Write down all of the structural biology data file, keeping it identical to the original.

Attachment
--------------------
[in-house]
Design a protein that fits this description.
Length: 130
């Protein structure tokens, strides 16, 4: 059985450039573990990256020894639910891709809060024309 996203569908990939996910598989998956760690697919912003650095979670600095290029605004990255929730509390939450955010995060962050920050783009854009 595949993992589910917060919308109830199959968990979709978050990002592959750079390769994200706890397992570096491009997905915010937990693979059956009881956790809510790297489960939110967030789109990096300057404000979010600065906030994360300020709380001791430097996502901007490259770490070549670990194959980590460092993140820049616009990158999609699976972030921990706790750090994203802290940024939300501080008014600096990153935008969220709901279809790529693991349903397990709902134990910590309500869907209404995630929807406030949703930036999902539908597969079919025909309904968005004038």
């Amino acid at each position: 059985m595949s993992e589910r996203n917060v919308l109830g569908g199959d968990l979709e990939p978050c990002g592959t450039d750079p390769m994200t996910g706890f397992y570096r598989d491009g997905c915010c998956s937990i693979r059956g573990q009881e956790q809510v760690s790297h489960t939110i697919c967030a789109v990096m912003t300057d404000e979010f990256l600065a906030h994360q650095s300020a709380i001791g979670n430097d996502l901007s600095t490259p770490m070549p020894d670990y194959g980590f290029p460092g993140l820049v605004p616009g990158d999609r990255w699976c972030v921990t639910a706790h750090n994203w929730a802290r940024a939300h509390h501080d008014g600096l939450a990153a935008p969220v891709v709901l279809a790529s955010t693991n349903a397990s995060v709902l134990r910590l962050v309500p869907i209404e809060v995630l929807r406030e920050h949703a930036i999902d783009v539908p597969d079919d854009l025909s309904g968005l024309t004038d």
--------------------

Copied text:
[in-house]
Design a protein that fits this description.
Length: 130
């Protein structure tokens, strides 16, 4: 059985450039573990990256020894639910891709809060024309 996203569908990939996910598989998956760690697919912003650095979670600095290029605004990255929730509390939450955010995060962050920050783009854009 595949993992589910917060919308109830199959968990979709978050990002592959750079390769994200706890397992570096491009997905915010937990693979059956009881956790809510790297489960939110967030789109990096300057404000979010600065906030994360300020709380001791430097996502901007490259770490070549670990194959980590460092993140820049616009990158999609699976972030921990706790750090994203802290940024939300501080008014600096990153935008969220709901279809790529693991349903397990709902134990910590309500869907209404995630929807406030949703930036999902539908597969079919025909309904968005004038």
């Amino acid at each position: 059985m595949s993992e589910r996203n917060v919308l109830g569908g199959d968990l979709e990939p978050c990002g592959t450039d750079p390769m994200t996910g706890f397992y570096r598989d491009g997905c915010c998956s937990i693979r059956g573990q009881e956790q809510v760690s790297h489960t939110i697919c967030a789109v990096m912003t300057d404000e979010f990256l600065a906030h994360q650095s300020a709380i001791g979670n430097d996502l901007s600095t490259p770490m070549p020894d670990y194959g980590f290029p460092g993140l820049v605004p616009g990158d999609r990255w699976c972030v921990t639910a706790h750090n994203w929730a802290r940024a939300h509390h501080d008014g600096l939450a990153a935008p969220v891709v709901l279809a790529s955010t693991n349903a397990s995060v709902l134990r910590l962050v309500p869907i209404e809060v995630l929807r406030e920050h949703a930036i999902d783009v539908p597969d079919d854009l025909s309904g968005l024309t004038d």